Mr Damion Crawford, the MP for East Rural St Andrew has woken up to the reality of the precipitous road one has to travel as a practising politician in Jamaica today. He is discovering - as Mr Patterson so eloquently stated, and to paraphrase him, that the politics is about a tribal war over scarce benefits and spoils. Certainly it has been about who gets what, when, and where. All of this warring takes place in a country which is hostile to investments and in which those who play by the rules get shafted. It is also about the kind of leadership that cuts down a great section of a jungle only to discover that the wrong jungle was being savaged. In this kind of politics clientelism becomes triumphant as the resources of the state are doled out to ensure a win at the next elections. This, Mr Crawford, is what you have stepped into in East Rural St Andrew and it would be no different if you had gone to any of the other 63 constituencies, for this is the character of politics as we have practised it in Jamaica over these 50 years. Your epiphany is not late and your determination to do something about it may come across as rash, petulant and rude, as some have described it, but there is a great deal to commend your effort in this regard.
What Mr Crawford has stepped into in his constituency, and the paradigm shift he is insisting on is something that should be applauded and supported by every well-thinking Jamaican. As the "people's gladiator" in that constituency he is up against a tidal wave of old thinking that wants to preserve the status quo. Those in the constituency executive that want him to check with them before money is spent seem to want to ensure that reward for the MP's election flows in the "right" direction. It is now payback time and there should be visible signs that money flows in the areas where it should flow. Using constituency development funds to expand educational opportunity does not provide enough jobs on the ground for those who you may expect to vote you back into office.
Call him naïve if you wish. Say that he does not understand the "runnings" and that this "rasta yute", as some have derisively dismissed him, is out of his depth in what he is attempting to do, but Mr Crawford is emphasising a well-needed shift in the way we practise politics. He may come under some pressure from the higher-ups in the party who have long experienced and practised the virtues of pork-barrel politics. This would be regrettable, for they are the ones who should be setting the example to young politicians like Crawford. We will be looking to see if there will be any visible support for the new directions he is charting in his constituency. Philosophically, as a matter of governance, he has embarked on the right path. Philosophically, too, what he is attempting is not about a "little yute" in an insignificant constituency trying a thing or simply being a minnow swimming among sharks. Members of civil society, including the church and the PSOJ, should be taking note of what he is attempting and cheer him on.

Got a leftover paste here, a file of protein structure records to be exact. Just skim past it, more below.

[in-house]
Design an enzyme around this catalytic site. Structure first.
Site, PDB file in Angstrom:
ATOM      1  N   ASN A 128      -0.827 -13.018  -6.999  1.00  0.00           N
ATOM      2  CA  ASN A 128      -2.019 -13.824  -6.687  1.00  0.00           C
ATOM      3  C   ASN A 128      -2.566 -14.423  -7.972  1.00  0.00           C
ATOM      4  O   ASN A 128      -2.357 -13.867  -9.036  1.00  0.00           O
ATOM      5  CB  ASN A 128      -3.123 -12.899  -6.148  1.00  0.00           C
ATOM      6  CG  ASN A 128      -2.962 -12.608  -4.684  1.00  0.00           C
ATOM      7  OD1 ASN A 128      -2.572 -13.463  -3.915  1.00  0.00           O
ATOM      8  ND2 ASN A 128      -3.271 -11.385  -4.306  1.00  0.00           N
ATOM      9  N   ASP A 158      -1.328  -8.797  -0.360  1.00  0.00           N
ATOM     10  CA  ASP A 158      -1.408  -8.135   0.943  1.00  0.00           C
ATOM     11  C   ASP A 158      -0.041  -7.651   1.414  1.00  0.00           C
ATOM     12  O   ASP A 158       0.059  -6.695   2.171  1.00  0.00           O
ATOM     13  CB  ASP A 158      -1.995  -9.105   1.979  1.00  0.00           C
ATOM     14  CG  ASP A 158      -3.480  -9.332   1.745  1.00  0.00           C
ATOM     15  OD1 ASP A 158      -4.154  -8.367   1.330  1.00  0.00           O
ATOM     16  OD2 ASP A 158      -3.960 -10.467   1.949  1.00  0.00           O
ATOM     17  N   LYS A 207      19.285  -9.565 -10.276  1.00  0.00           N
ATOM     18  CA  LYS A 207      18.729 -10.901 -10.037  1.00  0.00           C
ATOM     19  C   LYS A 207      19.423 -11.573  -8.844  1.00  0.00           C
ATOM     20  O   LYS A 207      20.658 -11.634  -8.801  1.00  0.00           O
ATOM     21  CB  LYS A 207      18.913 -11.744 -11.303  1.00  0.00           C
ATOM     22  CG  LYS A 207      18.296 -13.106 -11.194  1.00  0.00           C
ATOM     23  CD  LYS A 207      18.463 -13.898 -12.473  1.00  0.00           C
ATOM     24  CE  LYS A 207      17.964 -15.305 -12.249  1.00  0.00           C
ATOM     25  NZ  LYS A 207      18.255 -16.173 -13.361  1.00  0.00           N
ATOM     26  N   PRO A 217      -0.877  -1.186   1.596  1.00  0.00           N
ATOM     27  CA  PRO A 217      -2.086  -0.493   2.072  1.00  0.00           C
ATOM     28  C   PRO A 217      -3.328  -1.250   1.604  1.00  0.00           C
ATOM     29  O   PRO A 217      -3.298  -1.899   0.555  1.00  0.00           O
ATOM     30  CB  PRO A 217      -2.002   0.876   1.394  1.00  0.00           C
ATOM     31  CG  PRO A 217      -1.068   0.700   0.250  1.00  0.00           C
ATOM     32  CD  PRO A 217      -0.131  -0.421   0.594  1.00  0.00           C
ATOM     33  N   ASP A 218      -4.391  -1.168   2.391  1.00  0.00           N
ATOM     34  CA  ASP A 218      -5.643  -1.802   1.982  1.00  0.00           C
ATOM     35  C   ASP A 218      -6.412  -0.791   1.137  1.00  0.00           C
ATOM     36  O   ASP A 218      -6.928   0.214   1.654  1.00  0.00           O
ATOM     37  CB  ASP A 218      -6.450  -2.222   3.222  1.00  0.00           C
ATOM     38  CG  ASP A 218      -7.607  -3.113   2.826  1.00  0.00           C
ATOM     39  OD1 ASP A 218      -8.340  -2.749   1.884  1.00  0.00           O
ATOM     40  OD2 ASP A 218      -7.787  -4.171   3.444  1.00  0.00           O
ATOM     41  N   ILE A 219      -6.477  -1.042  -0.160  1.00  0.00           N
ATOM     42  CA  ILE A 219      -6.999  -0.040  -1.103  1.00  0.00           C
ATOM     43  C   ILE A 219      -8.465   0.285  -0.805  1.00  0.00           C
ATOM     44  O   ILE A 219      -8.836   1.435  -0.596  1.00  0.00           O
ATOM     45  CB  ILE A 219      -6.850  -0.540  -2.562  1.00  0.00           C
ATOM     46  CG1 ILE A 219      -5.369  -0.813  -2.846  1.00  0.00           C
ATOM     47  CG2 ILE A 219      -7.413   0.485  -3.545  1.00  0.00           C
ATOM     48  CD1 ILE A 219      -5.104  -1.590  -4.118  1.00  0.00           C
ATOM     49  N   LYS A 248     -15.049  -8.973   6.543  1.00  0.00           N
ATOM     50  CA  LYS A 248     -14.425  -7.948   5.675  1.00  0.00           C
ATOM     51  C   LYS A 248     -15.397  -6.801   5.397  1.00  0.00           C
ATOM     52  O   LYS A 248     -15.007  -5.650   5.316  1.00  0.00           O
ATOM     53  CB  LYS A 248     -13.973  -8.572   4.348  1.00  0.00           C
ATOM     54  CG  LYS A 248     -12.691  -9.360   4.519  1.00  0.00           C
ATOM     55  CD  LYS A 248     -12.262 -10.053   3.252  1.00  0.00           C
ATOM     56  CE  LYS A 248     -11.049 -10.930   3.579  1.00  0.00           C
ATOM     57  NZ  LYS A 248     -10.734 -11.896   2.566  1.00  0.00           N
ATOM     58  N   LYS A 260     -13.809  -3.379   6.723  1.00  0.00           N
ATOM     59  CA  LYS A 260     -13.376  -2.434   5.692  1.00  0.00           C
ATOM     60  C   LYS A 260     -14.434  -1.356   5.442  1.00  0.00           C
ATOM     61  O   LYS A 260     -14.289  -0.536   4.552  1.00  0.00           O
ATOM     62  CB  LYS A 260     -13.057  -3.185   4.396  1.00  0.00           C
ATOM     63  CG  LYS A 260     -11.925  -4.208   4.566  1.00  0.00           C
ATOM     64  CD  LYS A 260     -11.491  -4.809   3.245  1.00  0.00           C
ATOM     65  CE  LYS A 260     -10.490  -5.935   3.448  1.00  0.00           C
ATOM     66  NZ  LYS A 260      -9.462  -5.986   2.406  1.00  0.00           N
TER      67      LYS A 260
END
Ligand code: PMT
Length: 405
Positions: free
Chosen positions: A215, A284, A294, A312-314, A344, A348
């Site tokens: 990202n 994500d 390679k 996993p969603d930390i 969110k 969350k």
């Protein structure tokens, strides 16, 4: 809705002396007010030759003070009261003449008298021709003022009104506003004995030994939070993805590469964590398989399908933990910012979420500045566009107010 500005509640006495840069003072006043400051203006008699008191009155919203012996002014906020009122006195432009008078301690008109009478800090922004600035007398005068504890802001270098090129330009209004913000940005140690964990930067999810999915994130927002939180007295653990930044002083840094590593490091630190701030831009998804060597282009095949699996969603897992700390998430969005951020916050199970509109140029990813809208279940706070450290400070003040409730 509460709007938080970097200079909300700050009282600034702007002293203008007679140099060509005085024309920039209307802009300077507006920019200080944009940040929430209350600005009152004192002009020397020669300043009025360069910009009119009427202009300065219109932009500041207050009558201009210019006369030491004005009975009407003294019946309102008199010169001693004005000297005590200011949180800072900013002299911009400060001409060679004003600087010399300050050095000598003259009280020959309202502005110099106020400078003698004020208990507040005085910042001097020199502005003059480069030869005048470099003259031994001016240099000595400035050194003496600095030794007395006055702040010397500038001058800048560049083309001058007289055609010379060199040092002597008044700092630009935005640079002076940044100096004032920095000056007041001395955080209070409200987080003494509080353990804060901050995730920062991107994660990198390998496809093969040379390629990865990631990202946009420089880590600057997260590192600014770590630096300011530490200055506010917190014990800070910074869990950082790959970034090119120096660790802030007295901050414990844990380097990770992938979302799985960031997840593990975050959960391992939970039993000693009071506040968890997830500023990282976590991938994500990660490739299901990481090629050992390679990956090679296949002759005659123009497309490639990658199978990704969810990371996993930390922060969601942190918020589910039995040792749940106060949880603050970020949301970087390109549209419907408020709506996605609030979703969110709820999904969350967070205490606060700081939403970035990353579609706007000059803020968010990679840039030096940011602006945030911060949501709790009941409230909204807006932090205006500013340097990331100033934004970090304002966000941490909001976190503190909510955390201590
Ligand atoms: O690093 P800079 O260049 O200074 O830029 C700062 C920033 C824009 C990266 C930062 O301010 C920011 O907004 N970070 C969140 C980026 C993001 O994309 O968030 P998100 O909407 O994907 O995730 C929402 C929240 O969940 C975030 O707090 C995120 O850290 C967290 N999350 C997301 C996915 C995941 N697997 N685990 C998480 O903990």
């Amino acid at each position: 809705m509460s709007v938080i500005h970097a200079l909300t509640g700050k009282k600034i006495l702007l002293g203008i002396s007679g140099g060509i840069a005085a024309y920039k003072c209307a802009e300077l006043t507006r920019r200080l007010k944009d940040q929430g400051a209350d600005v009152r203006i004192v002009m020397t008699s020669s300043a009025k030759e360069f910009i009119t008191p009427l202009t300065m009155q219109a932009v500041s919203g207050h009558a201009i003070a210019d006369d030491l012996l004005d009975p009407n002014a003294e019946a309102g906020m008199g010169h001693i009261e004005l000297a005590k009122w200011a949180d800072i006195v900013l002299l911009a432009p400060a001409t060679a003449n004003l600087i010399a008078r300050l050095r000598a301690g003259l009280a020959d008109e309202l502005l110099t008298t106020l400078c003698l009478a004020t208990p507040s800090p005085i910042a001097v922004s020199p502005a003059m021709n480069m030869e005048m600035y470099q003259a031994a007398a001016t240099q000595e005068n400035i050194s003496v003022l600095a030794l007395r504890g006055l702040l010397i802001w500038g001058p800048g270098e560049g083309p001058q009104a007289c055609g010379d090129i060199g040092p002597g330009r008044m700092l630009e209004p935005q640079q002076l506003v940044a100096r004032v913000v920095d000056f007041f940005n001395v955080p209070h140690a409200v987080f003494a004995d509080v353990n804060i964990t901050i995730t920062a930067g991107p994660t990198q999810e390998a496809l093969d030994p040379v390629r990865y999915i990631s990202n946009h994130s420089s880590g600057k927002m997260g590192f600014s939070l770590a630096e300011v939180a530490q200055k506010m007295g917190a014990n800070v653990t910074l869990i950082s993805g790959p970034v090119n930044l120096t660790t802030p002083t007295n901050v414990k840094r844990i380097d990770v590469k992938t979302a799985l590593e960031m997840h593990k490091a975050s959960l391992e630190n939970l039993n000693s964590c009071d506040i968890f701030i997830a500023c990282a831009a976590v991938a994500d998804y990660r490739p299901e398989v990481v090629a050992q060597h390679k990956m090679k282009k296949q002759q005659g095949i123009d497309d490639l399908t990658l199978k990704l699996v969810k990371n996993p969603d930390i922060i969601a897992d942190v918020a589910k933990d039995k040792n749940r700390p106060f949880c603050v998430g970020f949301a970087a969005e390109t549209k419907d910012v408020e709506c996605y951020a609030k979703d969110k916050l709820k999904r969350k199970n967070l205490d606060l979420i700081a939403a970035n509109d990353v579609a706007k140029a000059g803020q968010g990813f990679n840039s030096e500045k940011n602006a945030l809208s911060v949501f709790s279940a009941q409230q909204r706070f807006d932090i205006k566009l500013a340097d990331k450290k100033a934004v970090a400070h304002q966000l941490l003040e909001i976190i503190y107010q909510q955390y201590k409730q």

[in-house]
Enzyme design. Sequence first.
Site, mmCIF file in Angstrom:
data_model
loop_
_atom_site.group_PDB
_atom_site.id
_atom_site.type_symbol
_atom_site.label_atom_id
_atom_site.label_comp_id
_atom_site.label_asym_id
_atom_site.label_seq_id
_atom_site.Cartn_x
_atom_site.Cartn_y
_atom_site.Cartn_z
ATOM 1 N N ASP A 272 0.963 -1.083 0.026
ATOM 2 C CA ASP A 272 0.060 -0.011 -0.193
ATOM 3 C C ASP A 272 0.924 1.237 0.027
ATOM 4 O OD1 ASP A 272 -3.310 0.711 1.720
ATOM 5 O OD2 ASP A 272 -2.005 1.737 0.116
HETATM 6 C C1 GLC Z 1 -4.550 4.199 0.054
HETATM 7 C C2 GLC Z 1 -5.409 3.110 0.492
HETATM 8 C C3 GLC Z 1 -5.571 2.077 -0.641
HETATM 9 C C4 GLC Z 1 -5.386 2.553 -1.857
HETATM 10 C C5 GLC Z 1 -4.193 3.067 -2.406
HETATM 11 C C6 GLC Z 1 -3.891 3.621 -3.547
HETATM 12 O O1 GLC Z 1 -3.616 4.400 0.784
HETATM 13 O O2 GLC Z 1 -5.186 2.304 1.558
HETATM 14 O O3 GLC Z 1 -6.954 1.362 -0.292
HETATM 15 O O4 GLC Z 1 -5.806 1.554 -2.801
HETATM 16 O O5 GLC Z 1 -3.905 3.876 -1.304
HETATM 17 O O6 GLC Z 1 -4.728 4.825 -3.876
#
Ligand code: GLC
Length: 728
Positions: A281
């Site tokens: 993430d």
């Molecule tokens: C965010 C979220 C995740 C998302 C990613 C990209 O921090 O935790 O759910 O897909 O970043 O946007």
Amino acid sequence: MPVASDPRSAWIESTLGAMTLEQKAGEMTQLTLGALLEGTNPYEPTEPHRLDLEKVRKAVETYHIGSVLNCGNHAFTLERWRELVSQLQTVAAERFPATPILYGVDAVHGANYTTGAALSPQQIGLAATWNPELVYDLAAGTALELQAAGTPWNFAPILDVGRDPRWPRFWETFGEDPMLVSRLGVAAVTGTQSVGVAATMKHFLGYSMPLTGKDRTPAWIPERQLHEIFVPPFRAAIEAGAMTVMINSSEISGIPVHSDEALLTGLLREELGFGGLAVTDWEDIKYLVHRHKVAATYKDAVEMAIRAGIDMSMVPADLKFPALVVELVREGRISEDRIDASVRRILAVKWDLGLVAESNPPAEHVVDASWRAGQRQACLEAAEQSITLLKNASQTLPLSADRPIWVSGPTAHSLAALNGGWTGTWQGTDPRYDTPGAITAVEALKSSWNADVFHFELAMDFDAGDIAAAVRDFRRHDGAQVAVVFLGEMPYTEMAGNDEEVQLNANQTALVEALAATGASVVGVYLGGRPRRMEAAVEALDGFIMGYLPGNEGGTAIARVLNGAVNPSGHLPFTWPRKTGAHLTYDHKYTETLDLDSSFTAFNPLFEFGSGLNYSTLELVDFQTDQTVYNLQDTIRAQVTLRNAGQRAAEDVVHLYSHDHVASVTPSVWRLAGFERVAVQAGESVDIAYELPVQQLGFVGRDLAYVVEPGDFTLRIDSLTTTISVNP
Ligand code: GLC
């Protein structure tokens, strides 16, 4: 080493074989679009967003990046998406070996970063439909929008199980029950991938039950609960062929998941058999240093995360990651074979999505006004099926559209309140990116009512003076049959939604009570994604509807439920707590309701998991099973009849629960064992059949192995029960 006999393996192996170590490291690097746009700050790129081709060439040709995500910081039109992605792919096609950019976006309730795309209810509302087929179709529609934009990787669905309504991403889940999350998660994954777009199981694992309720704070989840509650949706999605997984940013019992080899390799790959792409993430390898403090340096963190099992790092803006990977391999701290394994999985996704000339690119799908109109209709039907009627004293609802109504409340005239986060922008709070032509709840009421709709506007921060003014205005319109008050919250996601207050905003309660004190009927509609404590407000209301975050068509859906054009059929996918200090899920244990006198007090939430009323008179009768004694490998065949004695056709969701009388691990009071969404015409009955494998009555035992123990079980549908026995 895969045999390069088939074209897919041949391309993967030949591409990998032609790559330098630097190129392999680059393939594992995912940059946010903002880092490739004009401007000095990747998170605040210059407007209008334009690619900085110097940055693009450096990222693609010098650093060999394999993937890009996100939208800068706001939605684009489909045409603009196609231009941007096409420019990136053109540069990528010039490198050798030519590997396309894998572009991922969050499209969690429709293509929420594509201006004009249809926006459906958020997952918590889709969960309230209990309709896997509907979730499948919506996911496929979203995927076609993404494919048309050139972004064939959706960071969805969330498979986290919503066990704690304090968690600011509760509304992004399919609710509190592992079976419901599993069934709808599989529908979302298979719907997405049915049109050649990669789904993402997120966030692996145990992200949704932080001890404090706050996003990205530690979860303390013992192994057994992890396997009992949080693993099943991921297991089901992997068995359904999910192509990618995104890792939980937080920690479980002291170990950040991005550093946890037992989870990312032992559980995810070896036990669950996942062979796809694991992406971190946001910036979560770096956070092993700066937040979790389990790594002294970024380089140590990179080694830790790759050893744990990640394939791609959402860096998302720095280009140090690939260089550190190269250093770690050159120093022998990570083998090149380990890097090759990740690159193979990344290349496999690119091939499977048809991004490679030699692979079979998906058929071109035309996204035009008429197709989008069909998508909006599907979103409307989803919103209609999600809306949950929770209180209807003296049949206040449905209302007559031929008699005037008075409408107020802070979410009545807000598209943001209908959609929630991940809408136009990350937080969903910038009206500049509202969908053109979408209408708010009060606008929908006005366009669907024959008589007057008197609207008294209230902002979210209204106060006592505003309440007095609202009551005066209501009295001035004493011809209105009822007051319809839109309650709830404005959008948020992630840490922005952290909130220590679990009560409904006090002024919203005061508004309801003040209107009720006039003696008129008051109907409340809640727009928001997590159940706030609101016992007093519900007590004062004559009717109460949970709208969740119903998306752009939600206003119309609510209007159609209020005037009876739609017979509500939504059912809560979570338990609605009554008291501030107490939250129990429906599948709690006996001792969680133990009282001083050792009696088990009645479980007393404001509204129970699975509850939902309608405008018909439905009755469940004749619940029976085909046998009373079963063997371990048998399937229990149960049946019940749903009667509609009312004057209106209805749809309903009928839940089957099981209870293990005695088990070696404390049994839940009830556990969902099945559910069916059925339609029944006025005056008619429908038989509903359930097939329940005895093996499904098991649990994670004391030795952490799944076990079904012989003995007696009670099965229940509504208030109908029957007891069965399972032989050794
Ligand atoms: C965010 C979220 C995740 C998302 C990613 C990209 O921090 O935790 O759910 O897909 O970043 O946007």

What he is attempting, even if he has not seen the full ramifications of it as yet, is a small contribution by an elected official to a new paradigm of governance which should be part of the determining philosophy of governance going into the future. It is a commitment to which his leader and prime minister has spoken eloquently, but has equally not shown a commitment to pursue. If we could ever see a commitment on the part of our elected officials that convinces us that the resources of government are not the spoils of partisan war between two political parties, we would make one faltering step on the road to a new Jamaica. And it is that new Jamaica that we all should be bending our energies to build as we celebrate this year. For as we attempt to celebrate we see too much of the old Jamaica that we should leave behind and from which we have not been truly emancipated. We are reminded by no other than the prestigious Economist newspaper that Jamaica will finish the year with the slowest average growth rate since 2000 in the Americas - even behind Haiti (The Economist, July 21, 2012). As the newspaper acknowledged, most of our problems, like our public finances, are home-made. We have run fiscal deficits in 44 of the last 50 years since Independence.
Many of us will not want to admit it, but we are living in a sick society and it is very hard to celebrate sickness. Let us have some fun while we can, for God knows we need to let off some steam or we will explode. But let us not be unmindful of the larger things that will really make us into the great nation we are capable of becoming. We may start by having a greater respect for each other and developing in our hearts the love and compassion about which we often speak but seldom practise in our daily lives. We may also want to support efforts like those of Damion Crawford and other youngsters like him who want to see a new Jamaica, a Jamaica of which we can truly be proud, and a Jamaica truly befitting the most beautiful piece of real estate that God has placed on this earth.